'E Vermicielle C'alice Salate
Spaghetti with Anchovies
Serves 2 or 3
So much depends on the fine points for this dish to be right. First, its appeal depends mainly on the quality of the anchovies and the olive oil, but there's much more to it than that. It's not as nearly foolproof as aglio-olio, with which it competes in popularity in Campania, because there's an extra ingredient to showcase and balance. In the province of Salerno, where anchovies are still preserved under salt or salt water in crockery; everyone understands these fine points, although, of course, not everyone agrees on what they are.
Much is made of cooking the anchovies at nearly the same moment that the spaghetti is done, a sort of acrobatic feat that can turn balletic with practice. The theory is, the anchovies are losing fragrance with every passing second. So you must time their sizzle, smashing, and dissolution in oil—a 15 to 20 second operation that requires full attention- about the same time that you should be draining the spaghetti. As for garlic, too much obscures the sweet-salty sea-breeze perfume of a Salernitan anchovy; so more than a hint is too much. On the other hand, if the anchovies aren't the absolute best, a little more garlic may be in order. Use your taste and judgment, as you must to make a grand success of it.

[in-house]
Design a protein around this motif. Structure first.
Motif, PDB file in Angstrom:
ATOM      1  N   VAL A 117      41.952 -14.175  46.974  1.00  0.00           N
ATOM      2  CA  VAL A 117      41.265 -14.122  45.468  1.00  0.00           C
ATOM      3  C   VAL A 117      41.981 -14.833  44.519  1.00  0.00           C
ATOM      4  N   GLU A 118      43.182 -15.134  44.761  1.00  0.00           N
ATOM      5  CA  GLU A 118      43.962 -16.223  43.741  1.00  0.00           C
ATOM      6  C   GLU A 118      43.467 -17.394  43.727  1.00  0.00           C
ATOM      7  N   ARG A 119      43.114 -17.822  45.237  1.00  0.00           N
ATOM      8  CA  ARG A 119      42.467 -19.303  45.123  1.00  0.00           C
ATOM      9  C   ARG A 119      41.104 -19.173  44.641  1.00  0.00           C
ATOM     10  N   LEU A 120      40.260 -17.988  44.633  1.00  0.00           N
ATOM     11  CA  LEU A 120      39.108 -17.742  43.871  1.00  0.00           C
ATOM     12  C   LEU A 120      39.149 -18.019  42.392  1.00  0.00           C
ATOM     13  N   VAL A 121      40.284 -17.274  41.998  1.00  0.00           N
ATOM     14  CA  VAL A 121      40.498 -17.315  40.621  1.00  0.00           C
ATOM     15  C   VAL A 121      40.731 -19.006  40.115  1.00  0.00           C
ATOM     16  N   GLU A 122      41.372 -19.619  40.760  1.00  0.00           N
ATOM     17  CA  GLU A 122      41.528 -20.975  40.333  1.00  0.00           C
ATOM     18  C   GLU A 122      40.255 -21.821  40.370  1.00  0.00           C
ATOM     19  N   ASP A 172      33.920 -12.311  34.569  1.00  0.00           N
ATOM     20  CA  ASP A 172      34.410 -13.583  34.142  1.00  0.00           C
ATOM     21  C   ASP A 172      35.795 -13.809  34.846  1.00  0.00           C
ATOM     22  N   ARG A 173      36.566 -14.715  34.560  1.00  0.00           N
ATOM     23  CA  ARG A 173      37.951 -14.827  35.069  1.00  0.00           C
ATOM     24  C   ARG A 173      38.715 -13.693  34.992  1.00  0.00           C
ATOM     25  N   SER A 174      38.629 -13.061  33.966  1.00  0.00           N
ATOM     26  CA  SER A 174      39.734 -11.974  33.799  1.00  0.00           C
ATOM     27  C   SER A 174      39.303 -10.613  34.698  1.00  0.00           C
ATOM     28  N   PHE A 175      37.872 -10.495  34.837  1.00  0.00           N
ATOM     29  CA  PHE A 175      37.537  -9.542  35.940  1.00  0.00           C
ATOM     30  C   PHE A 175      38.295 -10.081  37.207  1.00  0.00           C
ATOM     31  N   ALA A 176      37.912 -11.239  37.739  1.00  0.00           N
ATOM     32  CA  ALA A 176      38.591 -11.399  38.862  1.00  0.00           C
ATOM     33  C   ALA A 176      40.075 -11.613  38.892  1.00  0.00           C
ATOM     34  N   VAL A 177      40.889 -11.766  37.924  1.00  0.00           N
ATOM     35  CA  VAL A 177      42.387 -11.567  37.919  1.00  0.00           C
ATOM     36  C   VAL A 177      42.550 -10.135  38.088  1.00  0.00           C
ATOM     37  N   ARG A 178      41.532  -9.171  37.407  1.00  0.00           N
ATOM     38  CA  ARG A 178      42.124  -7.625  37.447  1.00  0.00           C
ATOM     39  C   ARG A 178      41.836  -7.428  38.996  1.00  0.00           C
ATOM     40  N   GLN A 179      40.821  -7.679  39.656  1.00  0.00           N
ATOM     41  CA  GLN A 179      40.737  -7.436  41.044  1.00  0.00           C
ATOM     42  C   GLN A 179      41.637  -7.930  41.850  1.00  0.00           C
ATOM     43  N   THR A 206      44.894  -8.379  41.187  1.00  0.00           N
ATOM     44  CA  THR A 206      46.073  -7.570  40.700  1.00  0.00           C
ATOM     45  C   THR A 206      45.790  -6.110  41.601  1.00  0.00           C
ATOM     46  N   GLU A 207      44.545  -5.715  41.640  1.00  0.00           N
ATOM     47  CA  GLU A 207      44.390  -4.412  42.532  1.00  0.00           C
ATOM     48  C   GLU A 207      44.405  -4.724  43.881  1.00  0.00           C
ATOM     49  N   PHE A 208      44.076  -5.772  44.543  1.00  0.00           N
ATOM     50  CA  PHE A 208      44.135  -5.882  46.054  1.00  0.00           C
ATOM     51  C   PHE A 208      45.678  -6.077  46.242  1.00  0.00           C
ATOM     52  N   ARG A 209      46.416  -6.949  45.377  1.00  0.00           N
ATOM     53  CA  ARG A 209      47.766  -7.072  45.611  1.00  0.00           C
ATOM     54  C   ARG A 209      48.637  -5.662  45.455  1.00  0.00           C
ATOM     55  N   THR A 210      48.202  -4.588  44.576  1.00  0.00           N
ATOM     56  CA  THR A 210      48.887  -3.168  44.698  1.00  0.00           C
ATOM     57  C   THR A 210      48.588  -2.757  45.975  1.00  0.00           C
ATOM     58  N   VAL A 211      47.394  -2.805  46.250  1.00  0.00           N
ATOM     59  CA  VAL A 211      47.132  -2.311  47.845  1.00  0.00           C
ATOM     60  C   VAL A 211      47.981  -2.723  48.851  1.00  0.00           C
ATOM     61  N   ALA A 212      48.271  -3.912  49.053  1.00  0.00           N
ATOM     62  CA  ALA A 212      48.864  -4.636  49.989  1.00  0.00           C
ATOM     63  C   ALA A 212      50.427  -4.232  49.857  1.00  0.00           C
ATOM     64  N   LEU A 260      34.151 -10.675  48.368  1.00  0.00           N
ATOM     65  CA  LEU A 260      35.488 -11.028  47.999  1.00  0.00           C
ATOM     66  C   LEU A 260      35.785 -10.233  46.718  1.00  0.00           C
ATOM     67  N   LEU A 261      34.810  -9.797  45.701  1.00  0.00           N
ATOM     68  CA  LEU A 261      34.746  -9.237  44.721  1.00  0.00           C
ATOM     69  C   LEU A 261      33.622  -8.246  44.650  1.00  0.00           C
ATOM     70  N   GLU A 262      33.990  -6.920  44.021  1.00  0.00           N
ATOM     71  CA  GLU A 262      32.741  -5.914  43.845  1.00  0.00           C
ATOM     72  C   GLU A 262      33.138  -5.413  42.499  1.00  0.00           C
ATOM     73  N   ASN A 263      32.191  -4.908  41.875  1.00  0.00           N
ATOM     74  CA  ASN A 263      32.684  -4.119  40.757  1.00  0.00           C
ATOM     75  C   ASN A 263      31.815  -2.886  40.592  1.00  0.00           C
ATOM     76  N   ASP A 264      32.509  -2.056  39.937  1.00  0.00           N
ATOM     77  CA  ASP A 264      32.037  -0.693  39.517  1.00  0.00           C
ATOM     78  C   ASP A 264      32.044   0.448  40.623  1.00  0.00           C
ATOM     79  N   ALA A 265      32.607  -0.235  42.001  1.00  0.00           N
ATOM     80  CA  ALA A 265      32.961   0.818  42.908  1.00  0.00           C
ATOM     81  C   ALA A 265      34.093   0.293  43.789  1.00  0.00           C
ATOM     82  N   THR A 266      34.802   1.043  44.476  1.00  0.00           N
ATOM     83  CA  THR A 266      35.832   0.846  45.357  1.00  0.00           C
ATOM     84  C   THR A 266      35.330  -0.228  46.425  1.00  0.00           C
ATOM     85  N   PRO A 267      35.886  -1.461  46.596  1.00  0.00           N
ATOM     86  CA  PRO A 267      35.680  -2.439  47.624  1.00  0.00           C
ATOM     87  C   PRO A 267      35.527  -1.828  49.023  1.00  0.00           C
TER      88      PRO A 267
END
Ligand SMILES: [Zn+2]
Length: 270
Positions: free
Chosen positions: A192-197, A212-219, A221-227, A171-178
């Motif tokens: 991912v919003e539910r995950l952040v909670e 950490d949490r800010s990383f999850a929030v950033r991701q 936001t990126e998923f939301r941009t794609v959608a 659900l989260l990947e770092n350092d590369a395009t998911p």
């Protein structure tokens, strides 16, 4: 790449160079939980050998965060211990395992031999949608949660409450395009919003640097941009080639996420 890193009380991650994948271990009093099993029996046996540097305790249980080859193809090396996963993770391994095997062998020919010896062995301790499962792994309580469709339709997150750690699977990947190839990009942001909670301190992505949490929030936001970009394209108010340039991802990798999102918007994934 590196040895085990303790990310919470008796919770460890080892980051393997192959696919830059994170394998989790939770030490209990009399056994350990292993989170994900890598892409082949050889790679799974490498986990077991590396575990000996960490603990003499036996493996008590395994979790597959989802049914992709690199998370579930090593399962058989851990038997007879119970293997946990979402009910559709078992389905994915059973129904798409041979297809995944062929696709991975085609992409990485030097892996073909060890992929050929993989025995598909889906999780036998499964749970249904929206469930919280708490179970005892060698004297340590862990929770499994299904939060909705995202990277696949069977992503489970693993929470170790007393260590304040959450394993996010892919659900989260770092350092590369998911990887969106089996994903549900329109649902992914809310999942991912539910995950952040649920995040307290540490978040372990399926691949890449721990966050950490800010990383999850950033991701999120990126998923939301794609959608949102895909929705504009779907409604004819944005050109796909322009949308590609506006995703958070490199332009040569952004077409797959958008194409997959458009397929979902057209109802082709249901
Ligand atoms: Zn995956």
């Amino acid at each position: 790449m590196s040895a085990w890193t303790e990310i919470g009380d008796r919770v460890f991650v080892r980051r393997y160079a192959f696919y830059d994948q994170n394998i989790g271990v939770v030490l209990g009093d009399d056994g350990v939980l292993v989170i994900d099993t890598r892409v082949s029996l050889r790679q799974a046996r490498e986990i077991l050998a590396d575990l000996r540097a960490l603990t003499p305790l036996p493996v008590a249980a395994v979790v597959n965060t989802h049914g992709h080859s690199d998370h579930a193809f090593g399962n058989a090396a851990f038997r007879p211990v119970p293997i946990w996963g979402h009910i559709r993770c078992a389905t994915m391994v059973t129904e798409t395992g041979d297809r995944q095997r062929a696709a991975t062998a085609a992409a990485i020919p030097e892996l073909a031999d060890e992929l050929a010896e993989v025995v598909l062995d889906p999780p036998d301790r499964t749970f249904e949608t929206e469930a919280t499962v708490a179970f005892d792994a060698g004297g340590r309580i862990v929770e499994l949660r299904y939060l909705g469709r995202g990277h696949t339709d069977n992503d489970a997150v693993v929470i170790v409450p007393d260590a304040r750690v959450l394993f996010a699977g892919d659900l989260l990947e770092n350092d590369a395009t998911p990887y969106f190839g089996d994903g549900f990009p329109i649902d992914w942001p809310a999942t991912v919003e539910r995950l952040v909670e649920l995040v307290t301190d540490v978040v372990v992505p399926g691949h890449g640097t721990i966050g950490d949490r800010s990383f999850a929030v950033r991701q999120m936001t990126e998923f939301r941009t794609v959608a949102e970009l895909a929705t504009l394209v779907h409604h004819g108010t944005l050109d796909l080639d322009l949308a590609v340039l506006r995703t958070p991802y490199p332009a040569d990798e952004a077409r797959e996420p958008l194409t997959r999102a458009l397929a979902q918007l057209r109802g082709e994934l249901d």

1/2 pound spaghetti
6 tablespoons extra-virgin olive oil
1 or 2 cloves garlic, lightly smashed
Big pinch hot red pepper flakes, or to taste
6 whole salted anchovies,
thoroughly rinsed and filleted,
or 12 oil-packed anchovy fillets, rinsed
4 or 5 tablespoons fine, dry bread crumbs
1. Cook the spaghetti in plenty of well-salted boiling water.
2. Meanwhile, in an 8-inch skillet, over low heat, warm the olive oil, the garlic, and the hot pepper together, pressing the garlic into the oil a couple of times to release its flavor. Cook until the garlic is soft and barely colored on both sides, then remove.
3. Seconds before the spaghetti is ready to be drained, add the anchovies to the hot oil and smash them into the oil, using a table fork or the back of a wooden spoon. They will dissolve quickly. Raise the heat slightly if necessary.
4. Drain the spaghetti and turn it into the skillet with the anchovy oil. Toss well until all the strands have been seasoned with the anchovy sauce.
5. Fork the spaghetti into warmed individual bowls or a large serving bowl. Toss the bread crumbs in the oil left in the pan, sprinkle them on the spaghetti, and eat immediately. (Cheese is totally inappropriate.)
Naples at Table
Cooking in Campania
By Arthur Schwartz
Hardback, $27.50, November 1998
Recipe Reprinted by permission.
This page created July 1999
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